In our last issue I mentioned that the Airbus A340 served the YVR-HKG route for a few years between the B747 and B777 fleets. My first trip to Hong Kong was in September 2007 on an A340 that became the most interesting flight of my life.
My actual destination was the beautiful city of
I was given a window seat just behind the wing on the port side of the aircraft with no one sitting beside me. A fellow stock keeper was on the same flight and his sister happened to be the in-charge flight attendant. The flight took off in the early afternoon and I settled in comfortably to enjoy the ride.
At the time, movies were still projected on screens in each cabin with the flight map visible in between the entertainment. About four hours into the flight, as the first movie was ending, I felt the aircraft bank sharply but I did not think anything of it.
After the movie credits the flight map appeared on the screen and clearly showed that the aircraft had reversed course and was headed for Anchorage, Alaska. The captain came on p.a. almost immediately and explained that they had to shut down the No. 4 engine and that we would be shortly landing in Anchorage. The adventure had begun.
I watched the fuel jettison out through tubes in the wings as the aircraft descended. Still, the aircraft hit the runway very hard. When we arrived at the gate (around 18:00) we were advised that we would not be permitted off the plane but, optimistically, the repair should not take very long. The problem was a fuel pump seal and United Airlines was our maintenance provider and they were contacting an AME (Aircraft Maintenance Engineer) to change the seal.
Apparently, this was not an easy task. Hours passed as we waited for the AME to be found. It was now 22:00 and we were advised that UAL had not been successful in finding their AME and that we would finally be permitted to leave the aircraft and be shuttled to hotels for the night.
Customs was chaos and it was midnight before we were boarded on buses and driven to downtown hotels. Check in was delayed because UAL had not faxed confirmation that they would be paying for the rooms so we had to use our own credits cards as guarantees. This was sorted out by morning and we were given breakfast vouchers to a nearby restaurant.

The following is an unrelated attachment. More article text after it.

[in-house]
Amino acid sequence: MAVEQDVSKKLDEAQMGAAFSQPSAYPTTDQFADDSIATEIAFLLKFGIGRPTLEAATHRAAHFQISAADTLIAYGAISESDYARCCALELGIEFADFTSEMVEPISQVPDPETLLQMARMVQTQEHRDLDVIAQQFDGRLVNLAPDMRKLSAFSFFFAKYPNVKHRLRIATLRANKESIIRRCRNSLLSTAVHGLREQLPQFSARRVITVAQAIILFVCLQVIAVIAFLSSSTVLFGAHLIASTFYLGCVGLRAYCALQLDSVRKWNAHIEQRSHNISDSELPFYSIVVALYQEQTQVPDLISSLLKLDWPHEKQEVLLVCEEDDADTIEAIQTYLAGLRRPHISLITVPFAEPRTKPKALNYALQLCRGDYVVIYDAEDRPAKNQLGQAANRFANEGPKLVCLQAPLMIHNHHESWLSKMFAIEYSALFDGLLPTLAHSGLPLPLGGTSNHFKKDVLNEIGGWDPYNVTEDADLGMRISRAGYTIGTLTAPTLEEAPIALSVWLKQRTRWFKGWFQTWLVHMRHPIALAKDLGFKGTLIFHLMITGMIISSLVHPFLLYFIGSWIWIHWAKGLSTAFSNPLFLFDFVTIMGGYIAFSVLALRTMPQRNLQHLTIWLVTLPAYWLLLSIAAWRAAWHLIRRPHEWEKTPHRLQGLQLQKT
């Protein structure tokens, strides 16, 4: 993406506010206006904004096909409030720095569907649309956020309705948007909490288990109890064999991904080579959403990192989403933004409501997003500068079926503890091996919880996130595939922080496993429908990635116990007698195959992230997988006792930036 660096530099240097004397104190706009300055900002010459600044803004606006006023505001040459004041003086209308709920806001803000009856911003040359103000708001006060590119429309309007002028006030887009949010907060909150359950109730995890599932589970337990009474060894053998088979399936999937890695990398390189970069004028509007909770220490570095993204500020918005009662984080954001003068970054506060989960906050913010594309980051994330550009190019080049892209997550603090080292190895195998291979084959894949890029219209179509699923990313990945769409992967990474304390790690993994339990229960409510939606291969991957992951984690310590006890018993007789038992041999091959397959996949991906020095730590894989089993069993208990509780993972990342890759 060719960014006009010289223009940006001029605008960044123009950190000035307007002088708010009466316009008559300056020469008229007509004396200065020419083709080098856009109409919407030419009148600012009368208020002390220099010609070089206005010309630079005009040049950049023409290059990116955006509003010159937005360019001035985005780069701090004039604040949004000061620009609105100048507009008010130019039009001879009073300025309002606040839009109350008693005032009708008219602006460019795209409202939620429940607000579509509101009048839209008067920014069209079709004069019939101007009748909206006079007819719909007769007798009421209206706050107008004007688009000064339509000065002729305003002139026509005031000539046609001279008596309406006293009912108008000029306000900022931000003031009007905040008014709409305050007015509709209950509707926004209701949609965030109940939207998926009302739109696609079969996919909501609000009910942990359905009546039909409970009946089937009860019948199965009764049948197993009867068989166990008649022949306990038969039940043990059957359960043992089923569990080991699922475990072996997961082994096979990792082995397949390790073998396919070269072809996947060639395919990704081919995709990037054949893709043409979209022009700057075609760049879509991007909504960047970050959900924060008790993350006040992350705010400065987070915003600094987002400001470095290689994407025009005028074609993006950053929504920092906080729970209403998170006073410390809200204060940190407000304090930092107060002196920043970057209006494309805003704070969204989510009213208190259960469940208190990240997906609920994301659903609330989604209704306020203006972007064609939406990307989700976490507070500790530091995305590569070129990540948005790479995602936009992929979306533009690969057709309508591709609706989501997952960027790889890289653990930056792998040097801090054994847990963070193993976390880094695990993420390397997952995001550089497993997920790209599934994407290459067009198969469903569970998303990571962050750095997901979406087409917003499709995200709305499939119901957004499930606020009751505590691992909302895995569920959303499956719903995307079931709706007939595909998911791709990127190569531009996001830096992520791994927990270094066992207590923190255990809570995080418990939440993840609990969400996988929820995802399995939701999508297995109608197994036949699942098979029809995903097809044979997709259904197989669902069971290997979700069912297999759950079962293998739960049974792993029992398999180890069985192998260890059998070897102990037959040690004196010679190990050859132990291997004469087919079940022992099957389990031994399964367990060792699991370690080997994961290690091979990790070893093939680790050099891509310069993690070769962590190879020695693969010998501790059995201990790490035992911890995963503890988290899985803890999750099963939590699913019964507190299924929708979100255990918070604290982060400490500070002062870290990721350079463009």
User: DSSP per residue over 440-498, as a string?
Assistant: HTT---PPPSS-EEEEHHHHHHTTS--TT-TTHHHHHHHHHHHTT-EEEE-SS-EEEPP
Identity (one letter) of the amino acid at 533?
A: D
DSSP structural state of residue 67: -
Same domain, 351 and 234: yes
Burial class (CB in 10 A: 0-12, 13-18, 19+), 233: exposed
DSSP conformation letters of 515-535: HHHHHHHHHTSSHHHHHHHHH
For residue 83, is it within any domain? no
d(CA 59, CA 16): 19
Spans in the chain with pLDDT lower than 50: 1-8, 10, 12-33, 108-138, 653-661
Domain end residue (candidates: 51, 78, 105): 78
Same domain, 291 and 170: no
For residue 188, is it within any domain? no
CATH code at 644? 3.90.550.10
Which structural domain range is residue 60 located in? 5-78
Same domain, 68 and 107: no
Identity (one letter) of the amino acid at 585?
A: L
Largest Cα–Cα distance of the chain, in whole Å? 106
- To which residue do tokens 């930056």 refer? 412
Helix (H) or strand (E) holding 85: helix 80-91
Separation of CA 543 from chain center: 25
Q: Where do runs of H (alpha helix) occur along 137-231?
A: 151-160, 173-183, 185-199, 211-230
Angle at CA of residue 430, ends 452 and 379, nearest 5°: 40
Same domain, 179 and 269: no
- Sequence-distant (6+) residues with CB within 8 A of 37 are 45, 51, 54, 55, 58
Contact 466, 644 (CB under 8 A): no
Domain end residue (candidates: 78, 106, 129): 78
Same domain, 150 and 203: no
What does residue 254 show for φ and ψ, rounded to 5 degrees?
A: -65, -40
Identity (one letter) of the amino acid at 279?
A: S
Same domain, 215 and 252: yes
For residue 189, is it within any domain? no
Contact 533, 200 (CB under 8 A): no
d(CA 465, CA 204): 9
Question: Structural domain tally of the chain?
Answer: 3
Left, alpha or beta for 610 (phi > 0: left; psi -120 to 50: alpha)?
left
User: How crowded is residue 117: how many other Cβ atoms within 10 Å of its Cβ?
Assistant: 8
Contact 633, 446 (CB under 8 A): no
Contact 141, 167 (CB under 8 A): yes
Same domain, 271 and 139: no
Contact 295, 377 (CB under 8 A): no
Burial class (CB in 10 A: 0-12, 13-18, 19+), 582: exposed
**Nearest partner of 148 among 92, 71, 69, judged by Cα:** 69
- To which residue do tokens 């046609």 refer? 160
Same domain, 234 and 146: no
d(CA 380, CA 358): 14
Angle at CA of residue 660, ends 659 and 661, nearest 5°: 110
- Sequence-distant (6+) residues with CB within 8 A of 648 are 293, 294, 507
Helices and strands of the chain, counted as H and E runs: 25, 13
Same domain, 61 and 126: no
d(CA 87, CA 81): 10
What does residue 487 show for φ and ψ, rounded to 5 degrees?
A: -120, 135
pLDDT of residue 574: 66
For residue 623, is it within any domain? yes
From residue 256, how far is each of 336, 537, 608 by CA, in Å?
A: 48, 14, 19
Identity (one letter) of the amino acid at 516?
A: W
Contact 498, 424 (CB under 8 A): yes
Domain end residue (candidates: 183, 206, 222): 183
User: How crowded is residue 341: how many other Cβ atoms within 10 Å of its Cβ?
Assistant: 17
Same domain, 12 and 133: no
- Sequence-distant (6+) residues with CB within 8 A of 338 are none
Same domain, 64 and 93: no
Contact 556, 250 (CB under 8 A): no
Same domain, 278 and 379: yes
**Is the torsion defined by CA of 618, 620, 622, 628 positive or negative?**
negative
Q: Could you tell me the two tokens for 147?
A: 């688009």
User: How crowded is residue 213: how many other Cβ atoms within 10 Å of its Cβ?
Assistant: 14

We were back on the bus at 09:00 to board the aircraft by 10:00. Apparently UAL found their AME and the seal had been replaced. However, when we were again settled into our seats it was announced that FAA rules stipulated that a second maintenance signature was required to allow the aircraft to depart. Once again, UAL was having trouble finding a qualified person. Again, hours passed as we sat awaiting any positive announcements but none came. At around 16:00 the captain announced that arrangements were being made to fly an Air Canada AMR up from Vancouver and it would be several more hours.
For the most part all the passengers sat quietly but tempers did flare a couple of times and the cabin crew did there best to remain but they were as trapped as we were and the concern was also visible on their faces. All I had to read during the hours that passed was a Mandarin phrase book; you’d think that I would have become fluent during this time.
The captain came on the p.a. again around 17:00 to give us an update but he was interrupted shortly after he began speaking. He came back on a few minutes later with great news; UAL had found a second AME and he was on his way to the airport.
Finally, we were pushed back from the gate a full 24 hours after landing and continued on the Hong Kong. I had one day to tour Hong Kong before flying to Guilin where I had a wonderful time touring one of the most beautiful places on earth. I have returned to Hong Kong several times since then but this will always be my most memorable trip. Pictured at right is myself in front of
Were any of our readers on or involved with this flight? Possibly members of the flight or cabin crews?